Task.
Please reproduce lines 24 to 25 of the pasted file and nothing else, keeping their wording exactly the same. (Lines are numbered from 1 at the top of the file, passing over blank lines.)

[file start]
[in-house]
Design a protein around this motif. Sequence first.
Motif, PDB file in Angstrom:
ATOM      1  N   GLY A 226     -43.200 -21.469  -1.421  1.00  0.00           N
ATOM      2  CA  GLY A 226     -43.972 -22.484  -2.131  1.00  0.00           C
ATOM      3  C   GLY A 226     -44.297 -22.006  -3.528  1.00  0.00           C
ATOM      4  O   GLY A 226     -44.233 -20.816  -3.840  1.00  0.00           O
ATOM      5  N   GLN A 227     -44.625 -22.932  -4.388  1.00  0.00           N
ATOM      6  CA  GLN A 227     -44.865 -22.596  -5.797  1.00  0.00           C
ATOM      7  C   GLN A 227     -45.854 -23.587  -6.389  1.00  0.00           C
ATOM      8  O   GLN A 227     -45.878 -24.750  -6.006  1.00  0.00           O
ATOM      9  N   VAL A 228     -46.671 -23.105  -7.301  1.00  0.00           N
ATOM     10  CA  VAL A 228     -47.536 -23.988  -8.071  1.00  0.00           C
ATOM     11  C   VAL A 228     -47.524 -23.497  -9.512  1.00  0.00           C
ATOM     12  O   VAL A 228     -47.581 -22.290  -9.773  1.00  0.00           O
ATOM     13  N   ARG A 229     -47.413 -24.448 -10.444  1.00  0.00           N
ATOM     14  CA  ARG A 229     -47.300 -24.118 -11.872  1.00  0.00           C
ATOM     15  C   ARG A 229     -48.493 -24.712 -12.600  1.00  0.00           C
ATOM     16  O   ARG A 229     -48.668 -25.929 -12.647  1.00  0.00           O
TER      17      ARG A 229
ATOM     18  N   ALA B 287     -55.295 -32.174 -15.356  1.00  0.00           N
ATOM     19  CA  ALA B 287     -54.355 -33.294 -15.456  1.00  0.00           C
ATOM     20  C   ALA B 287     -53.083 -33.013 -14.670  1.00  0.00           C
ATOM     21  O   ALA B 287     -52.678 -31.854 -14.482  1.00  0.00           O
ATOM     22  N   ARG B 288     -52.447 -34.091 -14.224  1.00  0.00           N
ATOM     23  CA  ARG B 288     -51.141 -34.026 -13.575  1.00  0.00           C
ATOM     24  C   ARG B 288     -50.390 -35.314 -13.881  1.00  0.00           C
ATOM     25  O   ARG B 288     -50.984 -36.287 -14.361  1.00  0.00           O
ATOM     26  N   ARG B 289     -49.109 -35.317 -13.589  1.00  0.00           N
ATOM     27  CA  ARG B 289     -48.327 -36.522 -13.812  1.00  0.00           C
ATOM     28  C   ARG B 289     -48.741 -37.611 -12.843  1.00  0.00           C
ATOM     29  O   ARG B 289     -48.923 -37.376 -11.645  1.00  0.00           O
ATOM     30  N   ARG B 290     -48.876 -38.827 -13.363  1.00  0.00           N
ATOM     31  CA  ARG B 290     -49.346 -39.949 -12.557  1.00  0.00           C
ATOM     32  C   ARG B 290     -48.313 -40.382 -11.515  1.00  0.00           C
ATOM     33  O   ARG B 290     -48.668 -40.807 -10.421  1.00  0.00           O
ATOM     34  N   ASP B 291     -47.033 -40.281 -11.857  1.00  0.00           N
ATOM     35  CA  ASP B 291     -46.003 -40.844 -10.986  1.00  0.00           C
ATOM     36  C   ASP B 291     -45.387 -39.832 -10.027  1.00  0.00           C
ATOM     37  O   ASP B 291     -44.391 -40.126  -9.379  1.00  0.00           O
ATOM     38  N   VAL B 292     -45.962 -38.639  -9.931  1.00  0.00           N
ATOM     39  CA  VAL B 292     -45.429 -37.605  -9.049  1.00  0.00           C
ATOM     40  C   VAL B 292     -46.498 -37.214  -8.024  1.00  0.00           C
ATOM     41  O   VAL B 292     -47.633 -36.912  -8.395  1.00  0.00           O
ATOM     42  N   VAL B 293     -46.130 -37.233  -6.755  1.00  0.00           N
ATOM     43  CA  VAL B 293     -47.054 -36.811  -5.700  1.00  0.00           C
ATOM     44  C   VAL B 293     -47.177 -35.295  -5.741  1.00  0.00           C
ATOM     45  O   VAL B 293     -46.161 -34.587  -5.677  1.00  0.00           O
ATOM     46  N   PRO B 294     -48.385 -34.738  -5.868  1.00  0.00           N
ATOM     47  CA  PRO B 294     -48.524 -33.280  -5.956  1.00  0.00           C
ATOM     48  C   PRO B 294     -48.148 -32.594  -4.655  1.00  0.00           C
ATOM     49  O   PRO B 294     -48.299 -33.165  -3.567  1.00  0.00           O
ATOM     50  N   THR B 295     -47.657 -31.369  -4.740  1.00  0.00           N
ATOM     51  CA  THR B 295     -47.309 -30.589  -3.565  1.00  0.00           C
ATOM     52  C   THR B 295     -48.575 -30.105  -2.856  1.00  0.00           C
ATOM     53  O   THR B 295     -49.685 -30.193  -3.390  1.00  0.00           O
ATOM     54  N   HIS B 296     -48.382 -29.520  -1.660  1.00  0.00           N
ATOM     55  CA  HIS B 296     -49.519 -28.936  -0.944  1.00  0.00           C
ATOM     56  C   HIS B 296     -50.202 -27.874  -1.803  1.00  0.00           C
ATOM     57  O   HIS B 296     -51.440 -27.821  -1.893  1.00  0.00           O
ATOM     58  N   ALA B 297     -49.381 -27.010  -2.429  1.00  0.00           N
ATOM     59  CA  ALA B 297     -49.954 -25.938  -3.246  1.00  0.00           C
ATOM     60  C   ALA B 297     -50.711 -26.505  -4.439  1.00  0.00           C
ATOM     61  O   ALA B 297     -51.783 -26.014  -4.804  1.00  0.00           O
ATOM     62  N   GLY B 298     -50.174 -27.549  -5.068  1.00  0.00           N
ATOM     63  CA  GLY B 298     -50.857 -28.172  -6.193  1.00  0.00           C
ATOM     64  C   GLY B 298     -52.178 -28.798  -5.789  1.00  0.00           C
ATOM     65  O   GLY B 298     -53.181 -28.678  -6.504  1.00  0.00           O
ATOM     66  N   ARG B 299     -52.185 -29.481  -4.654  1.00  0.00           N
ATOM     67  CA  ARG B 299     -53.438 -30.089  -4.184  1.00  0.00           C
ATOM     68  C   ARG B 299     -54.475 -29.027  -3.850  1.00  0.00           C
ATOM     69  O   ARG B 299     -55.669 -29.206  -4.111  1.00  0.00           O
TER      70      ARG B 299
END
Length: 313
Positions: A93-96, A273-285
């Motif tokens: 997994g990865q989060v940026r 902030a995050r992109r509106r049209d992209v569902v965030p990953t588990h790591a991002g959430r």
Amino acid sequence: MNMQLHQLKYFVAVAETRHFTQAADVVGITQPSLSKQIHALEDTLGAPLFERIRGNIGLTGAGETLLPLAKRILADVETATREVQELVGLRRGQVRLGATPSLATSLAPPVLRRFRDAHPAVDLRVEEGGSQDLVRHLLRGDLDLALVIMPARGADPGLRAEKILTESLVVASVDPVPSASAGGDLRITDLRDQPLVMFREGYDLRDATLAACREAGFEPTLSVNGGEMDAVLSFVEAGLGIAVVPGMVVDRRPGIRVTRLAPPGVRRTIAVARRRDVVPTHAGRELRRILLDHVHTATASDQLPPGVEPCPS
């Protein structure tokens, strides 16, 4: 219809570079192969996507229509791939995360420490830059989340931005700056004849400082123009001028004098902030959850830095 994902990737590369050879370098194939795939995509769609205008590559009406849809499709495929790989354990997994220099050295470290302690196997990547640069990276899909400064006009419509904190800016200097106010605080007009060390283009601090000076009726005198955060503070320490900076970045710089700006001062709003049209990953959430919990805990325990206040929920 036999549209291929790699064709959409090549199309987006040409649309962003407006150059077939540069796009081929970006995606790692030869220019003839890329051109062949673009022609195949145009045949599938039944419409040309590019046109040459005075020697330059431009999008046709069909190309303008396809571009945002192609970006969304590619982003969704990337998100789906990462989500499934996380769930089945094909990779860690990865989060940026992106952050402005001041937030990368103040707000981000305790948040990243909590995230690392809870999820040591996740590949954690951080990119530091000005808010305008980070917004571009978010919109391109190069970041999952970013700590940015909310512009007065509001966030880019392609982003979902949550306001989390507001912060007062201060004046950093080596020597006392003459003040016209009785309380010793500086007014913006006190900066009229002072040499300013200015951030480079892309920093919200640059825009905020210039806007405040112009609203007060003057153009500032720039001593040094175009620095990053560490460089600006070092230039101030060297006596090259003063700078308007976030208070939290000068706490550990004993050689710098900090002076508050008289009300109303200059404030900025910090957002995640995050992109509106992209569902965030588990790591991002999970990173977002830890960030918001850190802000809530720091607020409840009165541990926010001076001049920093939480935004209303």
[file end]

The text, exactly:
ATOM     21  O   ALA B 287     -52.678 -31.854 -14.482  1.00  0.00           O
ATOM     22  N   ARG B 288     -52.447 -34.091 -14.224  1.00  0.00           N